In response to a recent question from several of my students, here’s a grammar post about two confusing verbs: lie and lay. (Actually, it’s three verbs, but we’ll come to that later.)
‘To lay’ means to put something down. It is followed by a direct object, i.e. it’s a transitive verb—after it we have to use a noun or a pronoun.
Take this blanket and lay it on the ground.
Its Simple Past and Past Participle form is LAID:
He laid the books on the table.
We have laid the foundation for our future cooperation.
The Present Participle, which we use to form all continuous tenses is LAYING:
We are laying down new rules.
This verb is often used with different prepositions, forming phrasal verbs with various meanings. Here are a few examples:
- to lay down: to define and implement a rule; to put something down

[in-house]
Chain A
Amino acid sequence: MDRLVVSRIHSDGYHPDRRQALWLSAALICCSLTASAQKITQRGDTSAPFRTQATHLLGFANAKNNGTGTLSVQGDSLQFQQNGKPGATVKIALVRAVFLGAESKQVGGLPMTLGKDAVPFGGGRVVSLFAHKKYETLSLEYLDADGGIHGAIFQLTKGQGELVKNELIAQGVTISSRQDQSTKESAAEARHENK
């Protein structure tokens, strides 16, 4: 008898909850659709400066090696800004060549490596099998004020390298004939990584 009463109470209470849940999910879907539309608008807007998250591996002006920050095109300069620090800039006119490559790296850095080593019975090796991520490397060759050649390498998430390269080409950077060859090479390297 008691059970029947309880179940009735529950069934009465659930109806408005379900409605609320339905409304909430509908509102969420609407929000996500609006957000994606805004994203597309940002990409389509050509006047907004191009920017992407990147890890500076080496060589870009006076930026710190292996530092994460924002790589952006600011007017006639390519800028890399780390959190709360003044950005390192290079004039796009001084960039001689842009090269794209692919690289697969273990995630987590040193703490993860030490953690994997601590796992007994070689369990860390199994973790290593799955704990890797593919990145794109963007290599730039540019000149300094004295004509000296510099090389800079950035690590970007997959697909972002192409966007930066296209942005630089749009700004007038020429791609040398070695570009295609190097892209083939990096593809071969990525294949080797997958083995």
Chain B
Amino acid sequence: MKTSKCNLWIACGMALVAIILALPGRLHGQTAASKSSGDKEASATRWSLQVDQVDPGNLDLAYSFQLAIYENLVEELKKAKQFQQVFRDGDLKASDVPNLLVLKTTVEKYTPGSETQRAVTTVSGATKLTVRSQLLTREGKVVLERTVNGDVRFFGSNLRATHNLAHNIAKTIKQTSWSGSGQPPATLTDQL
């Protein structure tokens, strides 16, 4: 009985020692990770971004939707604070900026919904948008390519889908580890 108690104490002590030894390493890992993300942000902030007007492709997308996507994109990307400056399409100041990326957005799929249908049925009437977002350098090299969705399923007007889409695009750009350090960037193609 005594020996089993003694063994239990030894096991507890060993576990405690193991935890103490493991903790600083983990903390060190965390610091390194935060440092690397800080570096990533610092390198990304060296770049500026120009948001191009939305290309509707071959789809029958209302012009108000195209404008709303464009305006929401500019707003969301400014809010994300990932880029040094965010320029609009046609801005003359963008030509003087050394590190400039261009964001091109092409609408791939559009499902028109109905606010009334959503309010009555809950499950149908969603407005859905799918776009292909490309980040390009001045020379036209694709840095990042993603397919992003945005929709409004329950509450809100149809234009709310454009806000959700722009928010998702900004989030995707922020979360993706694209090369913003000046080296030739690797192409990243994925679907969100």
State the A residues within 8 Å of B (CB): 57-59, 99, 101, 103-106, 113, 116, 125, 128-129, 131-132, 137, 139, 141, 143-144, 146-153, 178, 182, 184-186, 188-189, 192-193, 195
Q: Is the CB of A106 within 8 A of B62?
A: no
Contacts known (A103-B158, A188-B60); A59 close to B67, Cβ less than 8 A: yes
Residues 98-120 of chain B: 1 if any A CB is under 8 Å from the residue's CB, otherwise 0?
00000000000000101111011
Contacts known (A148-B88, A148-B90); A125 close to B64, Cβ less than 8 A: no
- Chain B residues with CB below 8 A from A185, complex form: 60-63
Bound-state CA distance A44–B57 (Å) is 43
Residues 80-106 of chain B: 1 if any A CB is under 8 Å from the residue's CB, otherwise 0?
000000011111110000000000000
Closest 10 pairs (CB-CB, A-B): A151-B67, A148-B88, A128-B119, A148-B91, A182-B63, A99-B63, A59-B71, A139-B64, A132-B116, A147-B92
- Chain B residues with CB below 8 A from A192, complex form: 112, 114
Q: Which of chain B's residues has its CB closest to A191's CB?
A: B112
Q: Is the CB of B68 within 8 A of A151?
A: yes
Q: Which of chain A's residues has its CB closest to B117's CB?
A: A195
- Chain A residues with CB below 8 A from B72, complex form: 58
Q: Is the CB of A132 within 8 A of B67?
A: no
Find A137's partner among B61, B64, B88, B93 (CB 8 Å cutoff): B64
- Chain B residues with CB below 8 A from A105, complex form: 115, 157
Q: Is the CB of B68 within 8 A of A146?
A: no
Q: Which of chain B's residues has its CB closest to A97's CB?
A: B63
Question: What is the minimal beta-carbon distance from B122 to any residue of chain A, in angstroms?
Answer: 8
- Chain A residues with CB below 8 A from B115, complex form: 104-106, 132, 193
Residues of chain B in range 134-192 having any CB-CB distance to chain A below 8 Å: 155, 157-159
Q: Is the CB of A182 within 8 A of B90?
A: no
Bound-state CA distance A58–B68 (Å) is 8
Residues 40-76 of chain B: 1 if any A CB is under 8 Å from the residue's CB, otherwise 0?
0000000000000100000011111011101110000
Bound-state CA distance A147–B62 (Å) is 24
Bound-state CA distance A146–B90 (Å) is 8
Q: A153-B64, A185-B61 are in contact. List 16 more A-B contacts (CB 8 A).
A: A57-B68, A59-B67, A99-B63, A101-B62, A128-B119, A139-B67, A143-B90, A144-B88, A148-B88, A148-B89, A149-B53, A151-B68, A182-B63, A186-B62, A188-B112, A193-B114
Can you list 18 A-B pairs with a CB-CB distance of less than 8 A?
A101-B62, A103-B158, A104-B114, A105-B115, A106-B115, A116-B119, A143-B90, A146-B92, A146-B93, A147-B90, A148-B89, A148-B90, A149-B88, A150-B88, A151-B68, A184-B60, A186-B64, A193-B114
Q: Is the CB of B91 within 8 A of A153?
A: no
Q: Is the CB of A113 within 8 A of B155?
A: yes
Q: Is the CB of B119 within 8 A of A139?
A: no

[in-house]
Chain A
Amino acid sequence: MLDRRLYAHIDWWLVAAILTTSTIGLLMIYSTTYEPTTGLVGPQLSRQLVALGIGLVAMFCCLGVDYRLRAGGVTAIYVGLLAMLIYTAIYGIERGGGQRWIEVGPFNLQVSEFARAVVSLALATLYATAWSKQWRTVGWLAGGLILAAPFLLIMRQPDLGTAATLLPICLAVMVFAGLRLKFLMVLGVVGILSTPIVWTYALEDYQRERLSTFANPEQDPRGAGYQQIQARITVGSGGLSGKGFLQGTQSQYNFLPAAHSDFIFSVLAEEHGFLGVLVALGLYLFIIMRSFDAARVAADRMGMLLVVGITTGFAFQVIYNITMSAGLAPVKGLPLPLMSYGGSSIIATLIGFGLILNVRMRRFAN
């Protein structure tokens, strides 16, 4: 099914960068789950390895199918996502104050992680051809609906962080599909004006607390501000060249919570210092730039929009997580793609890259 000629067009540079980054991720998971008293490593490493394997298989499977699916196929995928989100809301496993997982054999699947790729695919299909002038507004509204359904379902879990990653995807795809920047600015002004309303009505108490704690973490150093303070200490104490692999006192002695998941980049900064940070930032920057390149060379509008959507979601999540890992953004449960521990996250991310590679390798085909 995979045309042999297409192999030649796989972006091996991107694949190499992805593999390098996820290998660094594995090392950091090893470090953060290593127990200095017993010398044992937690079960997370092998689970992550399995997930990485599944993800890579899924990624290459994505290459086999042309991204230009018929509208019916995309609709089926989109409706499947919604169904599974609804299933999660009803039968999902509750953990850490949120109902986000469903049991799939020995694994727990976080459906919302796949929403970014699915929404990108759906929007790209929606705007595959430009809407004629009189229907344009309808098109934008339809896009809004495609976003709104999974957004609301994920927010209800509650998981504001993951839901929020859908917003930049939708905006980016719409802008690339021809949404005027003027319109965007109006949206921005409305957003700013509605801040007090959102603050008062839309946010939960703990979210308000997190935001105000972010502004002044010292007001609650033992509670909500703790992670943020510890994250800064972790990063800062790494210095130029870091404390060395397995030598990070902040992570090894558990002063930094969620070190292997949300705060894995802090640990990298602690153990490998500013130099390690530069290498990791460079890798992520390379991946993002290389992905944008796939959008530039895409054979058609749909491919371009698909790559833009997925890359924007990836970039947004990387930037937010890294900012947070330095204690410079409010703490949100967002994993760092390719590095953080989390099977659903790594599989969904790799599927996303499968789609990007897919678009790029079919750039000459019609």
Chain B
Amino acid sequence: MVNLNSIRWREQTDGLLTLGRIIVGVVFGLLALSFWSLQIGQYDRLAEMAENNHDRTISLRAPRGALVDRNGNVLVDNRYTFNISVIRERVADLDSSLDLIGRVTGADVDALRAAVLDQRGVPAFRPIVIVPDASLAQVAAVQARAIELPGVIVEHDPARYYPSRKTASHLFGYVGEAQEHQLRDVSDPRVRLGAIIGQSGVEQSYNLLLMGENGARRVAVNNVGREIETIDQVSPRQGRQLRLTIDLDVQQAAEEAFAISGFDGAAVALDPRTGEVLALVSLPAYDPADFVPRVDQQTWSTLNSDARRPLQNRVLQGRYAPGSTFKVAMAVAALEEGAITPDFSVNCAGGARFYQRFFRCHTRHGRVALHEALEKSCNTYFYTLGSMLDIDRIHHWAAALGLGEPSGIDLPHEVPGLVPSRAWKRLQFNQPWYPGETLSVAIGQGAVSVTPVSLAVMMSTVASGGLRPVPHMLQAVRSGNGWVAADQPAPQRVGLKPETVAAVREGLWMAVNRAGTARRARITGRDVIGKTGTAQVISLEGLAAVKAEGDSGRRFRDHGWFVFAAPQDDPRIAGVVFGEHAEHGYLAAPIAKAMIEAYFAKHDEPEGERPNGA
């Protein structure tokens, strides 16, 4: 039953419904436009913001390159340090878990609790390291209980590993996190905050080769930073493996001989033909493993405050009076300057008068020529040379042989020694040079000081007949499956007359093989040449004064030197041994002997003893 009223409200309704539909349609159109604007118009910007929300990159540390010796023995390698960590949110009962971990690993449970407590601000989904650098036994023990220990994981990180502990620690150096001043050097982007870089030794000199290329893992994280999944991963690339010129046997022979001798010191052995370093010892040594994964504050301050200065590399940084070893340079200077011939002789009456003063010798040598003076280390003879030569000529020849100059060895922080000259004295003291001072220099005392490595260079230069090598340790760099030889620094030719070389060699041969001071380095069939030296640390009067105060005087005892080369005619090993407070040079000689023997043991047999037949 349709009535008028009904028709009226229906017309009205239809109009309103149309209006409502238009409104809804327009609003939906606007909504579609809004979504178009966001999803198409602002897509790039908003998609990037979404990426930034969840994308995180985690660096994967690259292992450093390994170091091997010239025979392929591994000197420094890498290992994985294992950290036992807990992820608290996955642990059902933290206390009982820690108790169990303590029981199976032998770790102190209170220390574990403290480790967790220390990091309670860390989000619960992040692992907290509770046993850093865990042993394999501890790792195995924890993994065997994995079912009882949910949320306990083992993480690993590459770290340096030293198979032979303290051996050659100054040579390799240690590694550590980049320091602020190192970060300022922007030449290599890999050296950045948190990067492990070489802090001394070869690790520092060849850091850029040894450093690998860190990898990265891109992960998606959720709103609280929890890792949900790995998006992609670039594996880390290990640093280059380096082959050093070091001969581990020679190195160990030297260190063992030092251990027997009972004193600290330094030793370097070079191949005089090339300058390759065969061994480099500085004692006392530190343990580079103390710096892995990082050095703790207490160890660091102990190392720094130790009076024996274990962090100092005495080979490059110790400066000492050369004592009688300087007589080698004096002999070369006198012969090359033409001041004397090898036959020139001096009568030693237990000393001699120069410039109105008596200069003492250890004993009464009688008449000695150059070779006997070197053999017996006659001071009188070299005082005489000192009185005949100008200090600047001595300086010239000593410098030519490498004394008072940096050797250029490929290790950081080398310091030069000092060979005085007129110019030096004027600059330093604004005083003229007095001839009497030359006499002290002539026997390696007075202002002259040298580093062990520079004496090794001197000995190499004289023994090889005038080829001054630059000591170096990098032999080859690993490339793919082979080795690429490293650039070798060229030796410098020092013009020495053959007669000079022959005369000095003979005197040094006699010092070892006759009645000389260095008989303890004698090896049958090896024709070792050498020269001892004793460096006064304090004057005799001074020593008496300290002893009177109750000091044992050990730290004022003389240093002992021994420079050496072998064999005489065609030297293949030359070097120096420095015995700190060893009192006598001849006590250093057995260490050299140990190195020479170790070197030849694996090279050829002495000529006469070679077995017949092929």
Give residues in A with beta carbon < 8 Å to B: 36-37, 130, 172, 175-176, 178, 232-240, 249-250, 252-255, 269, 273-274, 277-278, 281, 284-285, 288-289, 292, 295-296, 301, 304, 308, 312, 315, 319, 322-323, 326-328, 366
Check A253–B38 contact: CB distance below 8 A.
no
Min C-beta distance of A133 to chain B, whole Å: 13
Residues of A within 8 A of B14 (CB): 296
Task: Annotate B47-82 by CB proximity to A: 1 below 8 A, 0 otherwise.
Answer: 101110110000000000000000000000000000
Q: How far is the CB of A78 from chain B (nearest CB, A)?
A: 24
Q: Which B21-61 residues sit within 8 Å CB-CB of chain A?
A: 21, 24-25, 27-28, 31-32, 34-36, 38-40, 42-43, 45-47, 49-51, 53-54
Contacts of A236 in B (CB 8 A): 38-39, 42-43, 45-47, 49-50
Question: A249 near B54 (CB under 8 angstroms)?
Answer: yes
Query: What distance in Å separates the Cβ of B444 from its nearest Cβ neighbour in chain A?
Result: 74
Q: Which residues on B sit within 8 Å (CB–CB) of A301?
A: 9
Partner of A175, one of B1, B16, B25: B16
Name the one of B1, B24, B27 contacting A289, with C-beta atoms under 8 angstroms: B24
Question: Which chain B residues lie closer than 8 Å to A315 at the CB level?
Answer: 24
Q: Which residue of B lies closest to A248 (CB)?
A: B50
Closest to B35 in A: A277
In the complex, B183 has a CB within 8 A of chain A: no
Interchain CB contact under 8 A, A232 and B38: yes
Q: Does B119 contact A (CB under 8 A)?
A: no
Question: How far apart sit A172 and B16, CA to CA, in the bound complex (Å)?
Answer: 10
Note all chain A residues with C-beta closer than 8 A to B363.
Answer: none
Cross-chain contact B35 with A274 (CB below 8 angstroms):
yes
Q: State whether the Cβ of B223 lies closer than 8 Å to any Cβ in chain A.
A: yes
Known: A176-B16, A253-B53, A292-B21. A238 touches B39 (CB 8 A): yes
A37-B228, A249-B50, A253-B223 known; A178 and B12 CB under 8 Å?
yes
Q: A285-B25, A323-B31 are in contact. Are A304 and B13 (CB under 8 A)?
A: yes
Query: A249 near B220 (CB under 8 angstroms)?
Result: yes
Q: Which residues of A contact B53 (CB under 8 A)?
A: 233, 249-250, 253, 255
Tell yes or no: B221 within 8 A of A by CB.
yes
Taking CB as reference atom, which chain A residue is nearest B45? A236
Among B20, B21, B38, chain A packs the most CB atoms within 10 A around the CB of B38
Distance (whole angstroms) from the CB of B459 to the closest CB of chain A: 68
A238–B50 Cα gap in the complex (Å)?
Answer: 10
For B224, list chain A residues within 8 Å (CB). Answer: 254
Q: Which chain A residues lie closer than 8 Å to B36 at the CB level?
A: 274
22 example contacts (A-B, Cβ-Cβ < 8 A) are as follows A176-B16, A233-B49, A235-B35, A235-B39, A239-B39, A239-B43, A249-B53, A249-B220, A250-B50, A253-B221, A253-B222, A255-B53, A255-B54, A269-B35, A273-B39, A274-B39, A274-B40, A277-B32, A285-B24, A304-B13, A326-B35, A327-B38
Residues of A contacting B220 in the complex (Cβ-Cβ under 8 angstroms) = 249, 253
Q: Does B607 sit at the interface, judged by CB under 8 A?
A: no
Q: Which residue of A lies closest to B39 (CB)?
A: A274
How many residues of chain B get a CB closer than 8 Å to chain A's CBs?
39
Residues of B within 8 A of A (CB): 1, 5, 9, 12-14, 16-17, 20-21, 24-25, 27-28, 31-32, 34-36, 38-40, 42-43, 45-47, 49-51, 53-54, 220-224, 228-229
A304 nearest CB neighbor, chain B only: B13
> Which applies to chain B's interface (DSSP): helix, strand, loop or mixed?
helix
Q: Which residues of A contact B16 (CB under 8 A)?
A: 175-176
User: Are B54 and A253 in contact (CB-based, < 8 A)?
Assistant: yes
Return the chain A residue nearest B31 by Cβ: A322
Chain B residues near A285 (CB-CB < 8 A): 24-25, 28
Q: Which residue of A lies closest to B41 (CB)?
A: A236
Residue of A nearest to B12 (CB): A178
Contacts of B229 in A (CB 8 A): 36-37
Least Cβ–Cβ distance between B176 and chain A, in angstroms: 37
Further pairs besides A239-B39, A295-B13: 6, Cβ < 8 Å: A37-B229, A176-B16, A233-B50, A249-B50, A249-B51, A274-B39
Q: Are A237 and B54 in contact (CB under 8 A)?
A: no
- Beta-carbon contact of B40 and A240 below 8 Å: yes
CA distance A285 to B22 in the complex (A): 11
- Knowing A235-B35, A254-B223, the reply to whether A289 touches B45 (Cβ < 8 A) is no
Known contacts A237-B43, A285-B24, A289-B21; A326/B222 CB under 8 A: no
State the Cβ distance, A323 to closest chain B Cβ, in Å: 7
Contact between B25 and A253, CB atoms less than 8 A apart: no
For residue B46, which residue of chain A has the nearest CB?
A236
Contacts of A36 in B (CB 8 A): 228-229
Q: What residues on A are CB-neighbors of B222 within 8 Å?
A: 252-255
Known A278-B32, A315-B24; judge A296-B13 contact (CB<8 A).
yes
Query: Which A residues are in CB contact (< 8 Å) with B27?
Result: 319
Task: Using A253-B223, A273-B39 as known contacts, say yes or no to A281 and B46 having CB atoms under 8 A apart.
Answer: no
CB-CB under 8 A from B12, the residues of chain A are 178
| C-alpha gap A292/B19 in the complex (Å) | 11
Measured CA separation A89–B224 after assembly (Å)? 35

- to lay off: to make someone redundant
- to lay over: to stop somewhere for a short time during a journey
- to lay up: be / stay inactive due to illness or injury
‘To lie’ means to be in a horizontal position. It is not followed by a direct object, i.e. it’s an intransitive verb.
I feel very sleepy. I’m going to lie down.
BE CAREFUL: the Simple Past form is LAY – same as the infinitive / present tense of ‘to lay’:
He lay in bed all day because he was unwell.
The Past Participle form is LAIN:
She had lain on the sofa for some time before she got up.
The Present Participle is LYING:
How long have you been lying in the sun? Your skin is so red!
This verb is also used to make a number of phrasal verbs, some of which are very frequent, such as:
- to lie around: to leave something out of place; spend time relaxing, not doing anything
- to lie ahead: to happen in the future
- to lie in: to stay in bed later than usual
TO LIE = to deceive
Finally, there’s the verb ‘to lie’, meaning to say something untrue in order to deceive. This verb is regular (just be careful with spelling): its Past Simple and Past Participle is LIED, and the Present Participle is LYING.
Stop lying to me!
I have never lied to anyone.
To recap, here’s the overview of the main forms of these three verbs:
You can now practise these verbs a bit using the online grammar exercise I’ve prepared on this topic.